Russia’s arms trade does not destabilize Middle East – Lavrov
Russian-Israeli relations are at their best ever, Israeli Foreign Minister Avigdor Lieberman has said after a meeting with his Russian counterpart. But the main focus of the meeting was the Middle East peace process.
This is Lieberman’s first visit to Russia after taking office at the end of March.
Apart from bilateral ties, the ministers have also discussed such issues as the Middle East peace process and Iran’s nuclear ambitions.
Both Russia and Israel have spoken out on their diplomatic concerns in the Middle East.
Lieberman said he was very disappointed over Sergey Lavrov’s recent meeting with Hamas leader Khaled Mashal in Syria, but Russia insists that ignoring Hamas is not going to help move the talks forward.
Lavrov said it was essential that Middle East Quartet negotiations should continue.
Lieberman acknowledged that it would take the efforts of all interested parties to resume talks, though added that his hopes are to build ties with the Arab world.
Russia was also asked about its arms trade in the region and whether it is something that Israel should be concerned about.
“Russia doesn’t sell any weapons through intermediaries. Our military cooperation with the west is strictly in accordance with domestic laws and international regulations. As for arms supplies to the Middle East, our main role is to prevent destabilization and preserve the existing balance of forces,” Sergey Lavrov responded.
As for Iran, Israel would want Russia to press the country into stopping its nuclear work. Israel is worried that Iran is developing an atomic weapon under the guise of a peaceful nuclear program.
Russia, on the other hand, is helping Iran to build its first atomic power plant.
That is the issue on which Russia and Israel do not quite see eye to eye, though Sergey Lavrov did stress that it is absolutely necessary to make sure that Iran’s nuclear program is indeed peaceful.
Israel’s relationship with the new US administration was also discussed.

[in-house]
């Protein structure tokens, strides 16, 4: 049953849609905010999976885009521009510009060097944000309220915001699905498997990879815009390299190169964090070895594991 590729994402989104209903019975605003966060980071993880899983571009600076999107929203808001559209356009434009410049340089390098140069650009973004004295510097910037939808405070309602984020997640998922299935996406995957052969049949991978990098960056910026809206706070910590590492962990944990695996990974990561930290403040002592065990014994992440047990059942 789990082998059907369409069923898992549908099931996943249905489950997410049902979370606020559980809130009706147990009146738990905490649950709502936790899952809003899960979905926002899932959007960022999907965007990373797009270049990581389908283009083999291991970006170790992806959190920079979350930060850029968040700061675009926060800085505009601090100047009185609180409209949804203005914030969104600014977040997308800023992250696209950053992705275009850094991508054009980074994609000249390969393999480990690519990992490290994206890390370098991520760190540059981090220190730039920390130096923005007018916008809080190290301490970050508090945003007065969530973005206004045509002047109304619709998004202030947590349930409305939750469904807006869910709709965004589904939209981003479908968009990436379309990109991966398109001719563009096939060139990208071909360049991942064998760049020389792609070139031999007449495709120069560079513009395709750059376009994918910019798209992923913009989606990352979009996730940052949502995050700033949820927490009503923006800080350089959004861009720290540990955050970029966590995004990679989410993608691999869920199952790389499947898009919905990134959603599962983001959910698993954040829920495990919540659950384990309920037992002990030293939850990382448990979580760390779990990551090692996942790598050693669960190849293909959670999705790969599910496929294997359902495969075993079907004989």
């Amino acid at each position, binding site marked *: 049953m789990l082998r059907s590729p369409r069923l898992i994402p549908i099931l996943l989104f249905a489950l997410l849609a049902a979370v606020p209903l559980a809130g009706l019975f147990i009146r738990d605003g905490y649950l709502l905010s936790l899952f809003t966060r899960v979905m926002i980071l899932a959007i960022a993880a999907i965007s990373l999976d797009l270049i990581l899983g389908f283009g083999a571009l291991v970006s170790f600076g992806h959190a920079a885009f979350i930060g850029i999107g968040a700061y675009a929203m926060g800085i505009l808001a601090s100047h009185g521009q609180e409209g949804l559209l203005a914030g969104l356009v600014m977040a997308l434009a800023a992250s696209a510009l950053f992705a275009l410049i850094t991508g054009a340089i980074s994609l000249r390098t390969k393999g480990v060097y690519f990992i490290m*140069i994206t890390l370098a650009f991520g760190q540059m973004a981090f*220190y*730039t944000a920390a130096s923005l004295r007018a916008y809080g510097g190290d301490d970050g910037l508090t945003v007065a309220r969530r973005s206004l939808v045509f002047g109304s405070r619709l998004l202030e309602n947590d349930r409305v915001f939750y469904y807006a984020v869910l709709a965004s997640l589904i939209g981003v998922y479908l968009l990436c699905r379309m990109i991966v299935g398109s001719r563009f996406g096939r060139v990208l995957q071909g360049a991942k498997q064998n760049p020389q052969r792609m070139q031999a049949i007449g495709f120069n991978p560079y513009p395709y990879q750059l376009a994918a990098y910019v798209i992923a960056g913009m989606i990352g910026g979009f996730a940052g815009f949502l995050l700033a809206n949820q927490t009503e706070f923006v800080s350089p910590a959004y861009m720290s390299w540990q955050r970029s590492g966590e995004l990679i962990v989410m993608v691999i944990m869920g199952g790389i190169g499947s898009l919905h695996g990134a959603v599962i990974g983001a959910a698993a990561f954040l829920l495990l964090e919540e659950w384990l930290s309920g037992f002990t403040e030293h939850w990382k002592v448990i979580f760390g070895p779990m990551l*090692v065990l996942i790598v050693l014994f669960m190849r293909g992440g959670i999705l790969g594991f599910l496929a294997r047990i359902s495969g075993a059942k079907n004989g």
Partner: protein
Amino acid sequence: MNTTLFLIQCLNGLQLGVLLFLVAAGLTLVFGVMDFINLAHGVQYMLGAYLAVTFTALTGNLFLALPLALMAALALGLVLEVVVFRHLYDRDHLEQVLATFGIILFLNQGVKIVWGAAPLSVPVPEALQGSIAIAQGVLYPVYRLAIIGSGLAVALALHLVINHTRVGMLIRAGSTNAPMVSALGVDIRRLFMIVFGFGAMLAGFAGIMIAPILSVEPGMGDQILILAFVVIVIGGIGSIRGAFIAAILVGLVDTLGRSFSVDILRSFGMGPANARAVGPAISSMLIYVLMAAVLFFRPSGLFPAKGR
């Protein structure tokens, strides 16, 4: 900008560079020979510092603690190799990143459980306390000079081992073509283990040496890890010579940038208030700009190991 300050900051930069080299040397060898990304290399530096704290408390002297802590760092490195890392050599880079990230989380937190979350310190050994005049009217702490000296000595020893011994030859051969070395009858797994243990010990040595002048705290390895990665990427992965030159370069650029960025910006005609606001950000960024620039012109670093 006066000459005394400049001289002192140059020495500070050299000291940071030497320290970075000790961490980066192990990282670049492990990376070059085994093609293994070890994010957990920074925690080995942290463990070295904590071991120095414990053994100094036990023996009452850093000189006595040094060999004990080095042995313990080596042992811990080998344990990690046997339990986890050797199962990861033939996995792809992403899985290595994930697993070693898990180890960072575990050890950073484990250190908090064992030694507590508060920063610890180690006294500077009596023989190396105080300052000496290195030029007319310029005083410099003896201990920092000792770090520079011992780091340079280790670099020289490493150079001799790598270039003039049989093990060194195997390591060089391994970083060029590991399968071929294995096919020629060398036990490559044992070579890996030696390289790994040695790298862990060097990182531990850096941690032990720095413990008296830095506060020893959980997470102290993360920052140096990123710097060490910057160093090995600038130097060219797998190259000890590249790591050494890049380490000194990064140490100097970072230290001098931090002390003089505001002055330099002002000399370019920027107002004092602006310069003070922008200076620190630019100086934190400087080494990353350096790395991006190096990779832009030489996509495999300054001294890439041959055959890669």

“The US, just like any other state in the world, protects its interests, including in the Middle East. In our case both the US and Israel share a common approach and democratic interests based on human and cultural principles. This collaboration is simply natural,” Lieberman said.
The two also discussed such issues as cultural exchanges and holding a ‘Year of Russia in Israel’.
The sides have agreed to pool efforts against the falsification of history and also to celebrate the 65th anniversary of victory in World War II.
"We discussed such a complex and important theme as joint counteraction to attempts to falsify history, bearing in mind the attempts to deny the tragedy of the Holocaust, to obliterate the memory of those who freed Europe from fascism, and to glorify accomplices to Nazi rule," Sergei Lavrov told a news conference after the talks. "We are determined to counteract neo-Nazism, anti-Semitism and xenophobia, and agreed to prepare joint events in the run-up to the 65th anniversary of the victory to be marked in 2010."
The ministers decided to prepare a meeting of the intergovernmental commission on trade and economic cooperation, which would boost cooperation in state-of-the-art technologies and innovation projects.
On Tuesday, Avigdor Lieberman confirmed Israel’s readiness to participate in the preparation and staging of a Middle East Conference in Moscow, planned for late summer or autumn.